Rule Creep and on-call Scheduling: People, Tools, and Process

It starts out so simply! A few rules, just simple common-sense rules that all the Physicians agree with. Then something happens, a hard-to-court provider is added, or some snafu that “must never happen again” occurs, and a few tweaks are added to the ruleset. Then the scheduling supervisor leaves and one of the Physicians gets saddled with the position and has a different vision. He uses the same rules, technically, but somehow his schedules seem a little skewed in his favor…

Signs of Rule Creep. Are these familiar issues?

    • Is some specific incident (or incidents) that occurred three years ago and may no longer be relevant, still driving your rules?
    • Are you having an increasingly difficult time scheduling dates due to Providers being excluded?
    • Do you know what problem a rule was supposed to solve, when, and who proposed it?
    • Do you know who is authorized to “sign-off” on the schedule prior to release?
    • Do you have a process and accountability for handling Provider Requests for rule revision?

Rule creep can run rampant unless you take steps to control it. What can a Scheduler do about it?

Here are three areas to examine. People, Tools, and Process

1.) People

Do you have a stable on-call scheduling team? Who is in charge of your physician on-call schedule? A Physician Executive? A committee? An Executive Assistant? Has it been an ever-changing group of people over an extended period of time with an ever-increasing bureaucracy (for seemingly useful reasons) who are trying to achieve a predictable result? Perhaps your organization has recently merged with another one?

It may be time to trim back to a Master Scheduler and a backup assistant so you can have clarity in responsibility for executing the goals and vision of the on-call schedule. For improved scheduling clarity:

Take a look at your “silos” and making sure the Scheduler is reporting to a person, not a chain of people from various departments causing a grid-lock of “chiefs”.
Limit access as to who gets to change/update the schedule.
Do not put the finished on-call schedule “out to vote” to everyone prior to release.
Have a reliable chain of authorization and a documented provider request process.

This is not to say the process of coming up with the rules shouldn’t involve a committee! It is important that all stakeholders be represented during this process, that the rules are thoroughly reviewed, discussed, weeded, and documented at least annually.

2.) Tools:

How are you collecting, documenting, tracking, reviewing, and archiving your rules?
In a fight, the person with the most votes wins… unless you have a centralized “group” document regarding Rules.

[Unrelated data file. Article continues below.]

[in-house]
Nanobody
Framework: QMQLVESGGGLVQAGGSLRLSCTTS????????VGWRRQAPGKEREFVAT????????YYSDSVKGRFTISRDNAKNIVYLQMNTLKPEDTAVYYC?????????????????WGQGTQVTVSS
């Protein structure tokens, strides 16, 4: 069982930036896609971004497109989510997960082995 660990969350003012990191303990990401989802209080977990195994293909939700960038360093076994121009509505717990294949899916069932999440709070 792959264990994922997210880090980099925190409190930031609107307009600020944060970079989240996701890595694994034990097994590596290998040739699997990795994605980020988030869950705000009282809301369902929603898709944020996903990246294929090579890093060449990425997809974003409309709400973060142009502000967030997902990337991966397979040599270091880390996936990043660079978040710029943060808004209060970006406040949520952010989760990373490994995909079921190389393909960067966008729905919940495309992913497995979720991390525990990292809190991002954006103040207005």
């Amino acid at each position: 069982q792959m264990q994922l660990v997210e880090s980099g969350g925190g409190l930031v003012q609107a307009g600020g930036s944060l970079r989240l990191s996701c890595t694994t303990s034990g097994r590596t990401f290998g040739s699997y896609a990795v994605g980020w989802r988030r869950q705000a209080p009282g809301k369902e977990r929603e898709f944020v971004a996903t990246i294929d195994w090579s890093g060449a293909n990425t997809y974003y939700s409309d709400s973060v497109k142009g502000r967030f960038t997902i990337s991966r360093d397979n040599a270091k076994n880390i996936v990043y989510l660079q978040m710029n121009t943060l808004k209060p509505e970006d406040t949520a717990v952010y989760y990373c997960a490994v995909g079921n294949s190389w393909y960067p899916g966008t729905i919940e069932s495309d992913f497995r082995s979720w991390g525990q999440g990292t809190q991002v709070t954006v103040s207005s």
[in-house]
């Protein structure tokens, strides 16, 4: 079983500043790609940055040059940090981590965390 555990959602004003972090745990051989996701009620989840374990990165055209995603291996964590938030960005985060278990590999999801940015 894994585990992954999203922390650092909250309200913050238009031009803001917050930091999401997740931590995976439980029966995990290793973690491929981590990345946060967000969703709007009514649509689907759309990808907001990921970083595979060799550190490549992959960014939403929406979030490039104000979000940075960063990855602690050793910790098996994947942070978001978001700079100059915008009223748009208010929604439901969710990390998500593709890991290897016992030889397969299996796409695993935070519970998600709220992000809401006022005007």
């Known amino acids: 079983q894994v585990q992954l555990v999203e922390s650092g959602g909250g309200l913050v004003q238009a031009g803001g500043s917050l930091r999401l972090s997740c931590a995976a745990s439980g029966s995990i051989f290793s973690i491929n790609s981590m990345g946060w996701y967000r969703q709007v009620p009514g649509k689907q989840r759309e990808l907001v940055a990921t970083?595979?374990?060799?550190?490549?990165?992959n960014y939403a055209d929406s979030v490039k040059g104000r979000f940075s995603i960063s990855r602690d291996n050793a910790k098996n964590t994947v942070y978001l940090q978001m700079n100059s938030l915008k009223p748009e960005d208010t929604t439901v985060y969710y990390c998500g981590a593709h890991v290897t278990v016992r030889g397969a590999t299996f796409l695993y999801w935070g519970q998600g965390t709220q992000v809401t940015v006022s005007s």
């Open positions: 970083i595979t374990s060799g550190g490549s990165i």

• Control innovation. Lack of rule documentation, combined with turn-over in Schedulers for your Physician after-hour on-call calendar can cause a lot of headaches when deciding which rules you need to keep and which you have outgrown. It also means some innovator can arbitrarily add a new rule to make the schedule “better” from that person’s particular point of view.
    • Collect and track the Rules. One solution could be a tabbed excel file. One tab has the rules, another with description and who requested the rule, another when it should be implemented, and a last for change history with dates and reasons. Then you will have everything you need, outside of a scheduler’s memory, to analyze the rules you have and take action. Another solution could be to have all of the current rules online where they can be viewed, amended, and printed by authorized personnel as needed to share and discuss with others. Not only are the rules no longer “secret”, but they are no longer in only one, isolated location where they cannot be easily shared.

It’s not good enough to make rules and document where they came from. You have to revisit them at regular intervals and challenge their need. Rules should be reviewed at least annually, and any time there is a change in the makeup of the on-call Physician team. At a minimum, rule changes and why they were made should be documented for reference next time.

3.) Process: Rules vs Suggestions.

”The code is more what you’d call “guidelines” than actual rules. Welcome aboard the Black Pearl, Miss Turner!” –– Barbossa, Pirates of the Caribbean

Does that sound like your group? The bulk of your rules should be pretty concrete to achieve predictable results. Also, there will be less “interpretation” by the current Scheduler who may be doing it by hand, and fewer challenges by the Physicians being scheduled. That is why they are called rules, and not “suggestions”.

Use physician on-call scheduling software (such as TigerConnect Physician Scheduling) to ensure consistency in the application of the rules when creating the calendar. Using the same software with the same rules and process should yield a similar schedule each time, and a fair/equitable one will build over time.

Scheduling will always be a bit of an “art”, at least until true (and expensive) artificial intelligence can step in. There will always be judgment calls for complex situations. However, on-call scheduling can be less painful if everyone can understand how the rules have come about and how they have been applied.

Key Takeaway

Control Rule Creep by keeping the on-call scheduling Rules and updating process transparent instead of in someone’s head. People, tools, and processes are key areas to review to accomplish this.


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